Some Mid and East Antrim villages ‘losing out’ on revitalisation funding, council told
The issue was highlighted at a meeting of Mid and East Antrim Borough Council on Monday evening.
The meeting was told that villages have had to take the same precautions as those in town centres during the Covid pandemic but are faced with “much greater” expense.
Concern was also expressed that more than 30 businesses in Harryville, Ballymena, may not been included in the scheme due to their location outside the town centre as well as those in Portglenone and Galgorm.
The “larger” villages in Mid and East Antrim set to benefit are Ahoghill, Broughshane, Cullybackey and Whitehead. It was confirmed that Harryville would be included.
Funding of between £500 and £2,000 is open to independent traders in these areas as well as Larne, Carrickfergus and Ballymena to cover PPE equipment and costs incurred to make adaptations to comply with government guidelines.
The Deputy Mayor of Mid and East Antrim, Knockagh Ulster Unionist Councillor Andrew Wilson, pointed out that Greenisland has the fourth largest urban population in the borough but is excluded from the scheme.
“There have been a number of applications from the general Carrickfergus area. It is good to see that the scheme is up and running and is open for applications,” he added.
Coast Road Alliance Alderman Gerardine Mulvenna commented that the funding does not extend up the coast beyond Larne.
“It is important that the rural villages should be included.”
Party colleague Larne Lough Cllr Danny Donnelly said he had been approached by businesses at Ledcom in Larne which look set to lose out as they are located “just outside the town centre boundary”.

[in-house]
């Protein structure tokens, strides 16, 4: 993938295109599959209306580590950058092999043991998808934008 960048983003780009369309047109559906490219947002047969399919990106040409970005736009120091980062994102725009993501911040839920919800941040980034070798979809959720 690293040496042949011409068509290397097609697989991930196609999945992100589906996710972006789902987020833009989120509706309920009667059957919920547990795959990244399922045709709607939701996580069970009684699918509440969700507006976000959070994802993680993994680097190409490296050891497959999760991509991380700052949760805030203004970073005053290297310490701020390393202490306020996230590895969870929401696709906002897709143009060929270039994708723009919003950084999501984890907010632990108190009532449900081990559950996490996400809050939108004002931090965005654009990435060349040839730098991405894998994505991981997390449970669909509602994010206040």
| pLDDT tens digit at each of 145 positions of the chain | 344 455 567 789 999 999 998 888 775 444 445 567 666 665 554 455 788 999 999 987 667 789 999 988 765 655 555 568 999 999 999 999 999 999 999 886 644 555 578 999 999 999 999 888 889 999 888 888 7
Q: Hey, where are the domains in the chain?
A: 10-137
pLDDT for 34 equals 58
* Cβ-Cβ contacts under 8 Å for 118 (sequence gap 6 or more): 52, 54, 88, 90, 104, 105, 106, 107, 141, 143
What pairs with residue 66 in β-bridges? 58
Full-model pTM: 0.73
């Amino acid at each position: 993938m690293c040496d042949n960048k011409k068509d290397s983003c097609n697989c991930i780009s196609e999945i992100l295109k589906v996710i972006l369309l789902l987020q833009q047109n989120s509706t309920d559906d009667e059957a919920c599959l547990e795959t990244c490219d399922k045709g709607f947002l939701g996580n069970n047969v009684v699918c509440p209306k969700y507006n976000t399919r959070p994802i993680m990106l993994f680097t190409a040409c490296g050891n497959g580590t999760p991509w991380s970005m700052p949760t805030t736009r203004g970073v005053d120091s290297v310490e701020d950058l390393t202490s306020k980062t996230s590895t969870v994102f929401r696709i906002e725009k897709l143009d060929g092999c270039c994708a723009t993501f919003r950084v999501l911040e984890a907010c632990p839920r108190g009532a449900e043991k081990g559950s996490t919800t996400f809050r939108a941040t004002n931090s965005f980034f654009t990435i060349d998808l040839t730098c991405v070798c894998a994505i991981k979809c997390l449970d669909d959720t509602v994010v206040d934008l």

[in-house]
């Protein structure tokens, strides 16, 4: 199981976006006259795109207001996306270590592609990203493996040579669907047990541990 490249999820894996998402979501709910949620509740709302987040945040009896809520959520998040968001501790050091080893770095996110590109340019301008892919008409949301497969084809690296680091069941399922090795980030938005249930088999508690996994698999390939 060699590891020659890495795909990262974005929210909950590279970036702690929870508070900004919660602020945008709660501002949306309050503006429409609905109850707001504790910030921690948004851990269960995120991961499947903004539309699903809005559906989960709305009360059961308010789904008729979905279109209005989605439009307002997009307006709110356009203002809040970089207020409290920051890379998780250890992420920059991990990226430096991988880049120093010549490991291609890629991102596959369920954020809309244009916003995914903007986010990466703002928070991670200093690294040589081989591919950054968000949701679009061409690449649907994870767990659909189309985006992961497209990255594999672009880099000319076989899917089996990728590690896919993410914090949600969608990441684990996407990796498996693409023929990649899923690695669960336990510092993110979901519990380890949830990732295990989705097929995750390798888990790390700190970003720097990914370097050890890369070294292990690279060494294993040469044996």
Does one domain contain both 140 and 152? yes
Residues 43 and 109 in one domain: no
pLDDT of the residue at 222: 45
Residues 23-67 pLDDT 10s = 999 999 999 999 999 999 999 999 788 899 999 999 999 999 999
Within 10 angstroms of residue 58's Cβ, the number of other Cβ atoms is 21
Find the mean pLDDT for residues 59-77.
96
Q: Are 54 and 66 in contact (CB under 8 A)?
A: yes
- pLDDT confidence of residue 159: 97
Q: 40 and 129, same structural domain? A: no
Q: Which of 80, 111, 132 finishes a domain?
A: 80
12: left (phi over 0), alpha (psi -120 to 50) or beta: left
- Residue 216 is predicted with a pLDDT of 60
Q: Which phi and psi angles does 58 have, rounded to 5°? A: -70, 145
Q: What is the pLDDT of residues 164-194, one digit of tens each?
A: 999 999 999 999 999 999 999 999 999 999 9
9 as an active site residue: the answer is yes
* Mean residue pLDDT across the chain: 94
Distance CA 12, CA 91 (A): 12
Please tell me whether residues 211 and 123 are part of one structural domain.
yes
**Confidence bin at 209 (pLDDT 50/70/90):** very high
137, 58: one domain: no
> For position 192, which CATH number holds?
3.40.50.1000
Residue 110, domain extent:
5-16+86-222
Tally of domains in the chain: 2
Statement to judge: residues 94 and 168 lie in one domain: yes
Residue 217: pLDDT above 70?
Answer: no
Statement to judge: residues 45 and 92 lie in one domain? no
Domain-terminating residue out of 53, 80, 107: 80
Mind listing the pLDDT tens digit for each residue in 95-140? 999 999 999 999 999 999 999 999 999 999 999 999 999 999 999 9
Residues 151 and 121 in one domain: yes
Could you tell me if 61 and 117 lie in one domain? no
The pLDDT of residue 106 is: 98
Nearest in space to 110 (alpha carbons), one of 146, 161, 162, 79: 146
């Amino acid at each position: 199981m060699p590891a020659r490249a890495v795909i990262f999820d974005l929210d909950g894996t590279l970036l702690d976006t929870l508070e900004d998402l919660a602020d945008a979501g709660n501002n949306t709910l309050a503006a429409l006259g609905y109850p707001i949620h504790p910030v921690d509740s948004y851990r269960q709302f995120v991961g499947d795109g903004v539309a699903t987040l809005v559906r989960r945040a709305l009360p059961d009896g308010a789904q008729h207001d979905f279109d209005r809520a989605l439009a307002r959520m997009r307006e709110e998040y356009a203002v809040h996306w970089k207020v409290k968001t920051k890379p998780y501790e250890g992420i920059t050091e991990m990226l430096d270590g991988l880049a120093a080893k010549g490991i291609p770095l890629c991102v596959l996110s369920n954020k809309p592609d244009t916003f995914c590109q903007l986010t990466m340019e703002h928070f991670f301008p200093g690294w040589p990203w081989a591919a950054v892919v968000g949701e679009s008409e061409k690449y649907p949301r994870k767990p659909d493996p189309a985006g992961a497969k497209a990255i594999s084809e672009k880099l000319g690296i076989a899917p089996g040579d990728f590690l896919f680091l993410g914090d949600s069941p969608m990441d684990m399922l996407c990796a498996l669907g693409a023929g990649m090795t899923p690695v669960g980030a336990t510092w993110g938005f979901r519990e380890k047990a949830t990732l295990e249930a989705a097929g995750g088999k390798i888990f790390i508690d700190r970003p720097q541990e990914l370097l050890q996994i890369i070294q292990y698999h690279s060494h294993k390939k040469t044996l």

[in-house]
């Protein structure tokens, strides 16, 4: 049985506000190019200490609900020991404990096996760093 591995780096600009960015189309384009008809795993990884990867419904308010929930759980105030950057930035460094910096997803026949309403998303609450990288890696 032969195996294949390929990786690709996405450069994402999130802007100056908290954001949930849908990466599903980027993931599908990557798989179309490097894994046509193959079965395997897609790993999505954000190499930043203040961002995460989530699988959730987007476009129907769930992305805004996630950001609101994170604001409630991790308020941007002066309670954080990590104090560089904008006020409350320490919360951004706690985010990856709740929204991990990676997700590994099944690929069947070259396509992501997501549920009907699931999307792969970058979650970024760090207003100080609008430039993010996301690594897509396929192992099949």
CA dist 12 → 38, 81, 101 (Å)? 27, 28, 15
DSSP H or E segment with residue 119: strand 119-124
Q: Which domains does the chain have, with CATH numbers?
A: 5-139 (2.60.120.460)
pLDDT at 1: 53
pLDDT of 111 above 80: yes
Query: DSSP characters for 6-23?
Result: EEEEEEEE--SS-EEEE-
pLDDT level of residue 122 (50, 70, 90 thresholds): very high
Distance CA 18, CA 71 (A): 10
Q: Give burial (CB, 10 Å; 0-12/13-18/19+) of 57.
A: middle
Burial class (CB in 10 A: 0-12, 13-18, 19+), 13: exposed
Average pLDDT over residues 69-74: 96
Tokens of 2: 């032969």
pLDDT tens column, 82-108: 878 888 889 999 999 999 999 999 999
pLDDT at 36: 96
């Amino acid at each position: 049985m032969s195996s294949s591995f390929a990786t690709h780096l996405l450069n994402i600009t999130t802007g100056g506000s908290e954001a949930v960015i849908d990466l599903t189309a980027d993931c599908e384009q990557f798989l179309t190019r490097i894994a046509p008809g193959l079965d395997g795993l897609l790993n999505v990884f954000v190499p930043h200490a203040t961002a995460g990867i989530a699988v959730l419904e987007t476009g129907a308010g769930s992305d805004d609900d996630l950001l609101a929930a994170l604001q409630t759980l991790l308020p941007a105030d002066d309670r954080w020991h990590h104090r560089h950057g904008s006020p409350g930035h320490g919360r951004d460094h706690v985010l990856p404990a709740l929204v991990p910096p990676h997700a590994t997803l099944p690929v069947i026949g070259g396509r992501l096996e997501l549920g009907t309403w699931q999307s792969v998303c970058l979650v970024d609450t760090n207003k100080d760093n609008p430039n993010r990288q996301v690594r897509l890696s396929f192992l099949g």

Mid and East Antrim expects to receive a total amount of £794,000 from funding of £11m announced by the Department for Communities and Department of Agriculture, Environment and Rural Affairs (DAERA) which will be received in two tranches.
Chief executive Anne Donaghy explained that council are “the administrators of the scheme” which she described as “very prescriptive” with the focus on increasing footfall levels back into town centres and larger villages laid out by DAERA.
“Our role is simply to get the money out to businesses as quickly as possible,” she stated.
She said that the scheme extended to Harryville and she would clarify the boundaries for members and make representation for smaller villages. The Mayor asked for Greenisland to be included. She also indicated that there will be a second tranche of money.
Fifty-four local businesses have applied for financial assistance through the Town Centre Revitalisation Scheme which opened for applications at the start of this month.
Commenting after the meeting, the Mayor of Mid and East Antrim, Cllr Peter Johnston, said: “Our town centres are at the very heart of our local communities and this investment by DfC and DAERA is well-deserved recognition of the critical role they play in driving our local economy.
“The Town Centre Recovery Group which was set up has been working tirelessly to do all they can to assist businesses through this difficult period and these grants will only aid that recovery.” Read here
Michelle Weir, Local Democracy Reporter.
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